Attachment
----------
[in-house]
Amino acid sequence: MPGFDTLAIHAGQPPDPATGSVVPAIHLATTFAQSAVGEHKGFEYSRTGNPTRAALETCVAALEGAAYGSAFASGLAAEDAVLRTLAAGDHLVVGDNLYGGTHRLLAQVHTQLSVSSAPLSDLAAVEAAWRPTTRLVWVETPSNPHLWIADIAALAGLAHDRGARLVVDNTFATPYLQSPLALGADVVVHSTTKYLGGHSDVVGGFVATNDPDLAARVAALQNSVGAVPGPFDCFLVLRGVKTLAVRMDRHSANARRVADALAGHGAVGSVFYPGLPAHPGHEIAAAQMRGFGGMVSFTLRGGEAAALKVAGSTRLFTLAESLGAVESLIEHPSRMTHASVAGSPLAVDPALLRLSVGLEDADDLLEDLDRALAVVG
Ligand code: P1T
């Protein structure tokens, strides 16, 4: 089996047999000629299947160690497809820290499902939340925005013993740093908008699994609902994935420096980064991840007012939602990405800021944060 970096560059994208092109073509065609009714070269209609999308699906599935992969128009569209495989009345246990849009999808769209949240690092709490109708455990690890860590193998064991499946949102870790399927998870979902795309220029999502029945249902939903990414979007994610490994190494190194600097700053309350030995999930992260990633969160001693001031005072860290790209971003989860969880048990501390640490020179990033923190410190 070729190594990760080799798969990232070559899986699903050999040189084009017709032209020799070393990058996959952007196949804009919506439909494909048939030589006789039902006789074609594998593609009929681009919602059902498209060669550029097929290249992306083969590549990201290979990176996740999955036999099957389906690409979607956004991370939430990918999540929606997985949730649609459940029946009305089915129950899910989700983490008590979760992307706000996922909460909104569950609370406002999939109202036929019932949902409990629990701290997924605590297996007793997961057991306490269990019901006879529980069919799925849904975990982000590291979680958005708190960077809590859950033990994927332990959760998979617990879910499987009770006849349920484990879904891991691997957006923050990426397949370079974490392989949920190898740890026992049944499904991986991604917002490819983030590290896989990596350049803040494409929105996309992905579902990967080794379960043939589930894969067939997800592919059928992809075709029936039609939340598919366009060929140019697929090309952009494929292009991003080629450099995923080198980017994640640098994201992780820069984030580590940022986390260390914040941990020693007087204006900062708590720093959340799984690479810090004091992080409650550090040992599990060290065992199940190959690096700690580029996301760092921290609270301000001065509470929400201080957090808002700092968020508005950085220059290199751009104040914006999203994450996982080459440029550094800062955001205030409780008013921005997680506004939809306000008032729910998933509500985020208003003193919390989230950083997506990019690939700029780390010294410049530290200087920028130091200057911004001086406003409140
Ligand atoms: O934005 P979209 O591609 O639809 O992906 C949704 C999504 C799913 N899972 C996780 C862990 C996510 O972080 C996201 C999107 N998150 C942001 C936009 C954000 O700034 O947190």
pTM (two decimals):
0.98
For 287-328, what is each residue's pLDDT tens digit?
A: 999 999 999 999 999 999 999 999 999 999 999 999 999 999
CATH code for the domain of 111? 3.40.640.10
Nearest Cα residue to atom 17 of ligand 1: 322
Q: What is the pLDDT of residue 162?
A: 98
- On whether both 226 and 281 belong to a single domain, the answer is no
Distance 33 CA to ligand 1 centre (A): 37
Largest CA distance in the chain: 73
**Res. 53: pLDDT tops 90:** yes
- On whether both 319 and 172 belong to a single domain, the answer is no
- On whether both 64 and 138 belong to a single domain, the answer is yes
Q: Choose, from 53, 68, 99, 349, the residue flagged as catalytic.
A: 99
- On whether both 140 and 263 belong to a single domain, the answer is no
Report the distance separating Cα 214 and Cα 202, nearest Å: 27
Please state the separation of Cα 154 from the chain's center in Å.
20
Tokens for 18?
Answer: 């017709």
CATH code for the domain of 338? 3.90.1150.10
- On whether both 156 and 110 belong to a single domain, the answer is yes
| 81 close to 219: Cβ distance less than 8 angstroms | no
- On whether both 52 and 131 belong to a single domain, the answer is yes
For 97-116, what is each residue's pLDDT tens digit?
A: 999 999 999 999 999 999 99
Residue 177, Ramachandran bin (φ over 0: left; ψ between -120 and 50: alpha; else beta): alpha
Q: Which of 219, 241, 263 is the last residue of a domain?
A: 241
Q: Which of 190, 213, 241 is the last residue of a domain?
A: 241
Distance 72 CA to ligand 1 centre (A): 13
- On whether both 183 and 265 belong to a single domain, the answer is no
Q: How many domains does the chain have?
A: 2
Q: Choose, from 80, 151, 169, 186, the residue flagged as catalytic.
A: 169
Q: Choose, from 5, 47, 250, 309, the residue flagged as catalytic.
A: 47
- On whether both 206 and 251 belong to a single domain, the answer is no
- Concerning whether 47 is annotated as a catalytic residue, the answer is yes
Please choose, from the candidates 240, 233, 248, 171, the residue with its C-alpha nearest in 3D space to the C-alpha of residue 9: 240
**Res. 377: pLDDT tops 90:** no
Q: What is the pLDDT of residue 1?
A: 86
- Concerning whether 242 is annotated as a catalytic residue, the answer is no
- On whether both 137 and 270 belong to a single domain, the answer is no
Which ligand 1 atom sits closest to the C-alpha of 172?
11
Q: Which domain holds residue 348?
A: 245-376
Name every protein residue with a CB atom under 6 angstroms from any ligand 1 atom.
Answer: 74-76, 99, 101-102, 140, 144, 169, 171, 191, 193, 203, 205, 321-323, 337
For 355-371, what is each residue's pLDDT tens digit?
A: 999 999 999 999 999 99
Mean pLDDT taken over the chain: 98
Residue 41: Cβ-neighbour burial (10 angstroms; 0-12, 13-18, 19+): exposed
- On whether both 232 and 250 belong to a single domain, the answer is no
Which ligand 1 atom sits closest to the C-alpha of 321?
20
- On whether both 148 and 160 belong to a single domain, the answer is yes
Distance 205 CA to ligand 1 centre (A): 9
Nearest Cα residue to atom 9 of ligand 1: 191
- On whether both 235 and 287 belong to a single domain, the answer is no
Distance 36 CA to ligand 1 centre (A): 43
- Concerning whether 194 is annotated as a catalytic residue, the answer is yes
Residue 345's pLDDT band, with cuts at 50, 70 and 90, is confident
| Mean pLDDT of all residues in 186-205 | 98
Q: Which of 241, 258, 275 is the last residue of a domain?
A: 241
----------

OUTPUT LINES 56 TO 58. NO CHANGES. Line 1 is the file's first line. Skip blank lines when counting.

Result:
11
Q: Which domain holds residue 348?
A: 245-376